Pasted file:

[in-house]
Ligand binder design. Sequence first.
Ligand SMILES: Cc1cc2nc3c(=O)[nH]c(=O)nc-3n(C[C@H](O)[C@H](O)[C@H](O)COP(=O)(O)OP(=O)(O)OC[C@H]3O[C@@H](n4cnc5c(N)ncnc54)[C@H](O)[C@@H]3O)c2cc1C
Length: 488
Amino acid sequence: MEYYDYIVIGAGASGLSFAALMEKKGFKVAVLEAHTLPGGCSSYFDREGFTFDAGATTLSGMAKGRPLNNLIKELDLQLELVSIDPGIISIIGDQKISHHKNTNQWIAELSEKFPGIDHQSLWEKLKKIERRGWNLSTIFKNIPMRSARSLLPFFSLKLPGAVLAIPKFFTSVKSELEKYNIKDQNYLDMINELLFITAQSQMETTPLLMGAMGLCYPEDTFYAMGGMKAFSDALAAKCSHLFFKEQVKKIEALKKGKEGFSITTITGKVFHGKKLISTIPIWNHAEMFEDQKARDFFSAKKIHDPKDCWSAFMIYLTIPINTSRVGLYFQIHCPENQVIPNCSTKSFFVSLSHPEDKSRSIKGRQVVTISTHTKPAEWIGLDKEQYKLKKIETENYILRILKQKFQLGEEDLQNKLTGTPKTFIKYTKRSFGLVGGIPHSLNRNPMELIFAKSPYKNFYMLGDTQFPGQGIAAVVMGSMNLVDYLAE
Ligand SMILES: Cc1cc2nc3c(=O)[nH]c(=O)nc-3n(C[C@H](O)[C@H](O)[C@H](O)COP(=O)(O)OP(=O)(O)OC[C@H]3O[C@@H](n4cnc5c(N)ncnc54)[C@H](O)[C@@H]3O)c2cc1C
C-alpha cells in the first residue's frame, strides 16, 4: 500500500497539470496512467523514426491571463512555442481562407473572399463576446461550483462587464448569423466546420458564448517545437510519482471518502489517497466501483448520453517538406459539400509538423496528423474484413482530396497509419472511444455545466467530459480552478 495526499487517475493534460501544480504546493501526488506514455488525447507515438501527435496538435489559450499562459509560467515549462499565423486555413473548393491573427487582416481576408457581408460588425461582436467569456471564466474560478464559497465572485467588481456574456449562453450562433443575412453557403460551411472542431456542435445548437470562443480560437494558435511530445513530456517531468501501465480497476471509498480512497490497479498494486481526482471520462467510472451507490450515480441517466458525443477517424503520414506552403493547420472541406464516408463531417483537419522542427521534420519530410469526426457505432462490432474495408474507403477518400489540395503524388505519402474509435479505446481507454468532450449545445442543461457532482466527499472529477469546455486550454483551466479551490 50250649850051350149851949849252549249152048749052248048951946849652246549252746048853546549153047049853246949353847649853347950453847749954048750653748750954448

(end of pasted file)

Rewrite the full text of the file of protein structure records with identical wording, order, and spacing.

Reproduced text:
[in-house]
Ligand binder design. Sequence first.
Ligand SMILES: Cc1cc2nc3c(=O)[nH]c(=O)nc-3n(C[C@H](O)[C@H](O)[C@H](O)COP(=O)(O)OP(=O)(O)OC[C@H]3O[C@@H](n4cnc5c(N)ncnc54)[C@H](O)[C@@H]3O)c2cc1C
Length: 488
Amino acid sequence: MEYYDYIVIGAGASGLSFAALMEKKGFKVAVLEAHTLPGGCSSYFDREGFTFDAGATTLSGMAKGRPLNNLIKELDLQLELVSIDPGIISIIGDQKISHHKNTNQWIAELSEKFPGIDHQSLWEKLKKIERRGWNLSTIFKNIPMRSARSLLPFFSLKLPGAVLAIPKFFTSVKSELEKYNIKDQNYLDMINELLFITAQSQMETTPLLMGAMGLCYPEDTFYAMGGMKAFSDALAAKCSHLFFKEQVKKIEALKKGKEGFSITTITGKVFHGKKLISTIPIWNHAEMFEDQKARDFFSAKKIHDPKDCWSAFMIYLTIPINTSRVGLYFQIHCPENQVIPNCSTKSFFVSLSHPEDKSRSIKGRQVVTISTHTKPAEWIGLDKEQYKLKKIETENYILRILKQKFQLGEEDLQNKLTGTPKTFIKYTKRSFGLVGGIPHSLNRNPMELIFAKSPYKNFYMLGDTQFPGQGIAAVVMGSMNLVDYLAE
Ligand SMILES: Cc1cc2nc3c(=O)[nH]c(=O)nc-3n(C[C@H](O)[C@H](O)[C@H](O)COP(=O)(O)OP(=O)(O)OC[C@H]3O[C@@H](n4cnc5c(N)ncnc54)[C@H](O)[C@@H]3O)c2cc1C
C-alpha cells in the first residue's frame, strides 16, 4: 500500500497539470496512467523514426491571463512555442481562407473572399463576446461550483462587464448569423466546420458564448517545437510519482471518502489517497466501483448520453517538406459539400509538423496528423474484413482530396497509419472511444455545466467530459480552478 495526499487517475493534460501544480504546493501526488506514455488525447507515438501527435496538435489559450499562459509560467515549462499565423486555413473548393491573427487582416481576408457581408460588425461582436467569456471564466474560478464559497465572485467588481456574456449562453450562433443575412453557403460551411472542431456542435445548437470562443480560437494558435511530445513530456517531468501501465480497476471509498480512497490497479498494486481526482471520462467510472451507490450515480441517466458525443477517424503520414506552403493547420472541406464516408463531417483537419522542427521534420519530410469526426457505432462490432474495408474507403477518400489540395503524388505519402474509435479505446481507454468532450449545445442543461457532482466527499472529477469546455486550454483551466479551490 50250649850051350149851949849252549249152048749052248048951946849652246549252746048853546549153047049853246949353847649853347950453847749954048750653748750954448